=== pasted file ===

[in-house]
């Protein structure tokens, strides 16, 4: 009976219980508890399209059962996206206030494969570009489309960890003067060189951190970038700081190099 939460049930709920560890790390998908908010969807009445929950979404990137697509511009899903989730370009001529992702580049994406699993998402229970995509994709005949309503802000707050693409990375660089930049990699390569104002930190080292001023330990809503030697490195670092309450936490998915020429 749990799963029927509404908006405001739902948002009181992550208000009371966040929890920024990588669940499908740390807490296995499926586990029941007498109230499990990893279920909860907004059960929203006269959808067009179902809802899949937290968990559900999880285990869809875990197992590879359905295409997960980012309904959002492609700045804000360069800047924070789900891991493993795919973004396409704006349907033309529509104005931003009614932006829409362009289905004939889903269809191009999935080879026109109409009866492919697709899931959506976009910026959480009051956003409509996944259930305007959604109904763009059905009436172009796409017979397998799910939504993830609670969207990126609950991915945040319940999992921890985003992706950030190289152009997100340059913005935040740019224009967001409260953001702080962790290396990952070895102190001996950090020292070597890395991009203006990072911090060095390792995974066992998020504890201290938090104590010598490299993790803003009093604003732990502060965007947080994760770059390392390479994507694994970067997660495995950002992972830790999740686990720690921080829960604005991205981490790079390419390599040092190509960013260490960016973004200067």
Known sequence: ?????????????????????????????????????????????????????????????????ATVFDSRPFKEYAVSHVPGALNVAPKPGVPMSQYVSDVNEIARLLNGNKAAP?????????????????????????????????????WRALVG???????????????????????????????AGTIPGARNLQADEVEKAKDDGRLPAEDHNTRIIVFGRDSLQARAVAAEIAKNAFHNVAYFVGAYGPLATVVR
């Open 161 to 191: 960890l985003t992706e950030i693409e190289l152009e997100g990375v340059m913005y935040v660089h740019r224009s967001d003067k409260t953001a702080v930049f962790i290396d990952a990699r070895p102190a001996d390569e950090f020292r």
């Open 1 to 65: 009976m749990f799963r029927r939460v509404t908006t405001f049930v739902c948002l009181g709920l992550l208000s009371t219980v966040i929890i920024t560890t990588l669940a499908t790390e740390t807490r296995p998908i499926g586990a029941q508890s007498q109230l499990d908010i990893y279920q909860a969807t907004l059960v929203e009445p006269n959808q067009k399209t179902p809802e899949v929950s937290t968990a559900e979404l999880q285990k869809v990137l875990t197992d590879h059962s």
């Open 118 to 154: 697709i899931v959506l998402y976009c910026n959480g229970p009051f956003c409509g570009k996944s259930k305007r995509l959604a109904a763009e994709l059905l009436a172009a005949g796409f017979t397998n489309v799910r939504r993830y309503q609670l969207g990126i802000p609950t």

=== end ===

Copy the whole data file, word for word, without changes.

[in-house]
């Protein structure tokens, strides 16, 4: 009976219980508890399209059962996206206030494969570009489309960890003067060189951190970038700081190099 939460049930709920560890790390998908908010969807009445929950979404990137697509511009899903989730370009001529992702580049994406699993998402229970995509994709005949309503802000707050693409990375660089930049990699390569104002930190080292001023330990809503030697490195670092309450936490998915020429 749990799963029927509404908006405001739902948002009181992550208000009371966040929890920024990588669940499908740390807490296995499926586990029941007498109230499990990893279920909860907004059960929203006269959808067009179902809802899949937290968990559900999880285990869809875990197992590879359905295409997960980012309904959002492609700045804000360069800047924070789900891991493993795919973004396409704006349907033309529509104005931003009614932006829409362009289905004939889903269809191009999935080879026109109409009866492919697709899931959506976009910026959480009051956003409509996944259930305007959604109904763009059905009436172009796409017979397998799910939504993830609670969207990126609950991915945040319940999992921890985003992706950030190289152009997100340059913005935040740019224009967001409260953001702080962790290396990952070895102190001996950090020292070597890395991009203006990072911090060095390792995974066992998020504890201290938090104590010598490299993790803003009093604003732990502060965007947080994760770059390392390479994507694994970067997660495995950002992972830790999740686990720690921080829960604005991205981490790079390419390599040092190509960013260490960016973004200067």
Known sequence: ?????????????????????????????????????????????????????????????????ATVFDSRPFKEYAVSHVPGALNVAPKPGVPMSQYVSDVNEIARLLNGNKAAP?????????????????????????????????????WRALVG???????????????????????????????AGTIPGARNLQADEVEKAKDDGRLPAEDHNTRIIVFGRDSLQARAVAAEIAKNAFHNVAYFVGAYGPLATVVR
């Open 161 to 191: 960890l985003t992706e950030i693409e190289l152009e997100g990375v340059m913005y935040v660089h740019r224009s967001d003067k409260t953001a702080v930049f962790i290396d990952a990699r070895p102190a001996d390569e950090f020292r």
């Open 1 to 65: 009976m749990f799963r029927r939460v509404t908006t405001f049930v739902c948002l009181g709920l992550l208000s009371t219980v966040i929890i920024t560890t990588l669940a499908t790390e740390t807490r296995p998908i499926g586990a029941q508890s007498q109230l499990d908010i990893y279920q909860a969807t907004l059960v929203e009445p006269n959808q067009k399209t179902p809802e899949v929950s937290t968990a559900e979404l999880q285990k869809v990137l875990t197992d590879h059962s």
């Open 118 to 154: 697709i899931v959506l998402y976009c910026n959480g229970p009051f956003c409509g570009k996944s259930k305007r995509l959604a109904a763009e994709l059905l009436a172009a005949g796409f017979t397998n489309v799910r939504r993830y309503q609670l969207g990126i802000p609950t």